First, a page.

Morro Bay National Estuary Program Staff and volunteers have been busy on the ground verifying locations of California seablite (Suaeda californica) based on past surveys and maps. If you’ve visited Morro Bay and walked the length of the Embarcadero, you’ve probably brushed up against this rare plant.
California seablite is federally protected as an endangered species. It prefers to grow in some of the intertidal zone habitat that we have in Morro Bay. (Intertidal zones are under water at high tide and above water at low tide.) Eelgrass also used to occupy much of the intertidal area within the bay. Researchers from San Francisco State University have been studying the interaction between eelgrass wrack, the disconnected and floating pieces of eelgrass that wash ashore and dry out, and California seablite. Eelgrass wrack may provide California seablite with the nutrients it needs to thrive.
In Morro Bay, there could be connections made between loss of eelgrass and the condition of California seablite. With less eelgrass within the bay, less eelgrass wrack will be available to provide California seablite with the nutrients it needs. Therefore, healthy eelgrass beds could also help sustain a thriving California seablite distribution within Morro Bay.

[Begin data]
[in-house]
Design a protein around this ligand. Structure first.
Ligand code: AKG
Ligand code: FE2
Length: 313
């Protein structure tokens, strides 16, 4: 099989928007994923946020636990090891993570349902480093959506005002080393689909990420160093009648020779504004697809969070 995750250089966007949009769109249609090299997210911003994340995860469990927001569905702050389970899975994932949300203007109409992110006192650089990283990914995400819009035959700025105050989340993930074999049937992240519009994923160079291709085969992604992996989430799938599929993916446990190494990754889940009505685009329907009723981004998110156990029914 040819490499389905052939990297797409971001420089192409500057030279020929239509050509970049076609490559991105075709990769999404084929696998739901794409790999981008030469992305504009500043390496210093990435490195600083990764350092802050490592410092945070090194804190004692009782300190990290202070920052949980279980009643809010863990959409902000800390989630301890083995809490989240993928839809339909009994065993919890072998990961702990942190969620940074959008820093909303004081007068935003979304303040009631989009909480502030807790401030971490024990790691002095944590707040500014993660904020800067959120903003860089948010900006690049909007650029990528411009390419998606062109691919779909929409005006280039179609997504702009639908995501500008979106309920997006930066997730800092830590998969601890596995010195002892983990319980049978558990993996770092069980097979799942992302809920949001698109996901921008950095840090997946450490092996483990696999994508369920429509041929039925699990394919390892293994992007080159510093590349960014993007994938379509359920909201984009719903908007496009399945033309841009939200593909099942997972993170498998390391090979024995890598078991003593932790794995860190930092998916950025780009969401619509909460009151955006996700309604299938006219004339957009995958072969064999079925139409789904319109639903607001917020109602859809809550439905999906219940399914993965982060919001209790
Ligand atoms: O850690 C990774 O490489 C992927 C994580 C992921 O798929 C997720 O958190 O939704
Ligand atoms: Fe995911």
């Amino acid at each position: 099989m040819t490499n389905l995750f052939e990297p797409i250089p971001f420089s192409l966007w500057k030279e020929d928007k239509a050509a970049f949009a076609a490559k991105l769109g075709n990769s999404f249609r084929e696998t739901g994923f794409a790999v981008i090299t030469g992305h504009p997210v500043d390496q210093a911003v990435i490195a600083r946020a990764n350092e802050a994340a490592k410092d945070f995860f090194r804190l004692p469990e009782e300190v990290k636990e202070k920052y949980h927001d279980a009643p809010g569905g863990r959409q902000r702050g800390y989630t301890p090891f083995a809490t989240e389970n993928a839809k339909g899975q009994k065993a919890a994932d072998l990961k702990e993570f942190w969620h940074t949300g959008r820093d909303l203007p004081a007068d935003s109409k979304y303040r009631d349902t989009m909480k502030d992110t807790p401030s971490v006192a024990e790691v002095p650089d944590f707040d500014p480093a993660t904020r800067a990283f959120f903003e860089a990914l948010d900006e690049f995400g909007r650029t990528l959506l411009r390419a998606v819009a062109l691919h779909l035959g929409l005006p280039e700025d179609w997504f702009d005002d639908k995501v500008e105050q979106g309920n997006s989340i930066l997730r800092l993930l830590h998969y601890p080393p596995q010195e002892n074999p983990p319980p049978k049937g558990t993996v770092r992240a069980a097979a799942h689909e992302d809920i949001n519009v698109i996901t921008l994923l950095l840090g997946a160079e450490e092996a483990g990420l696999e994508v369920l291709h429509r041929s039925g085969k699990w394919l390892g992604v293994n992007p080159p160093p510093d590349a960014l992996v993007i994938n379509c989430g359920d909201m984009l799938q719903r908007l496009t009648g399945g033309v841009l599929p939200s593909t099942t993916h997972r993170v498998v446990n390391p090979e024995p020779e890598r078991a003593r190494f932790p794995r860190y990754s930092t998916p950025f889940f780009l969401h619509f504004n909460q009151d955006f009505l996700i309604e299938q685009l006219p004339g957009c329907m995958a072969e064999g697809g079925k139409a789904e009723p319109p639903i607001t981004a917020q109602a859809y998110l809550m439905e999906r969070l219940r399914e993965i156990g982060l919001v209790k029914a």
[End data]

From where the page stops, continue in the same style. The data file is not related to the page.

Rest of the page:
Our preliminary work focused on determining the current distribution of California seablite. This baseline information will provide researchers with the information they need to start looking at the interaction between eelgrass, its decline in Morro Bay, and the connection this has to the rare California seablite.
You can do your part by familiarizing yourself with California seablite and leaving eelgrass wrack in its place. Actions like removing litter, picking up after your pet, and being aware as you walk along trails and the beach will all benefit our bay and estuary, as well as the important species that live within it.